Social Security benefits may be taxable depending on your income level. If you are single and your combined income falls between $25,000 and $34,000, 50% of your Social Security benefits will be taxable. Married couples filing jointly with a combined income of $32,000 to $44,000 will also be subject to a 50% tax on Social Security benefits. If your combined income exceeds those amounts, you will be taxed on up to 85% of your Social Security benefits.
What is Required Minimum Distribution (RMD)?
Required Minimum Distribution is an IRS rule that mandates how much of your retirement savings you need to withdraw each year after you reach a certain age. This age is typically 72 years old for individuals born after June 30, 1949. The amount of the required distribution is based on the account balance as of December 31 of the previous year and the individual’s age. If the minimum requirement is not met, a tax penalty will apply.
Retirement and Healthcare
Healthcare is another essential component of retirement planning since medical expenses can be significant in retirement. It’s important to have an understanding of what is covered by Medicare and how you can supplement your coverage to fill any gaps.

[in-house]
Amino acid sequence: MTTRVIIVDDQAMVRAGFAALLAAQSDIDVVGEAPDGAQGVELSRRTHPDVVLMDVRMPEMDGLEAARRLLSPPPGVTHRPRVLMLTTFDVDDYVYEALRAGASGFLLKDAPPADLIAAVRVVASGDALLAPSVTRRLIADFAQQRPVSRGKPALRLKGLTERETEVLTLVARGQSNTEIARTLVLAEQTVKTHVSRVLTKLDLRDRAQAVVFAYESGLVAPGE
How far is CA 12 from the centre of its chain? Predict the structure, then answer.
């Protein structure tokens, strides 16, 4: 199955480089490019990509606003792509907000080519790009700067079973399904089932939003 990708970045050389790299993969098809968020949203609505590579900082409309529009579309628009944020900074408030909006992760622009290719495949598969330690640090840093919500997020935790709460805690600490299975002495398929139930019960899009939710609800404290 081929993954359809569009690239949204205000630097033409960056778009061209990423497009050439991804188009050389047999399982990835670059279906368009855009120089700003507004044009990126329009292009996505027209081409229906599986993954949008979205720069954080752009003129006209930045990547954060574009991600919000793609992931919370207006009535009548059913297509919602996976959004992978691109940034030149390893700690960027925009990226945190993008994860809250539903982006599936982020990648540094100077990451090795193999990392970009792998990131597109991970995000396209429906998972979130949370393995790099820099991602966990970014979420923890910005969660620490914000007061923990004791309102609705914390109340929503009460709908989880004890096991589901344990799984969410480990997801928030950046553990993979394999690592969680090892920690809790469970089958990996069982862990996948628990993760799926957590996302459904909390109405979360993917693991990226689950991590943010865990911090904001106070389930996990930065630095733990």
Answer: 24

What is Medicare?
Medicare is a federal health insurance program that covers people age 65 or older, those under 65 with certain disabilities, and those with End-Stage Renal Disease (ESRD). Medicare is divided into four parts: Part A, Part B, Part C, and Part D.
What Does Medicare Cover?
Medicare Part A and B, also known as Original Medicare, cover hospital stays, medical procedures, and outpatient care. Part D covers prescription drug costs while Part C, also known as Medicare Advantage, offers a variety of benefits, including extra coverage options for deductibles, co-pays, and out-of-pocket maximums. It’s common to supplement Medicare with a Medigap policy, which pays for medical expenses not covered under Medicare.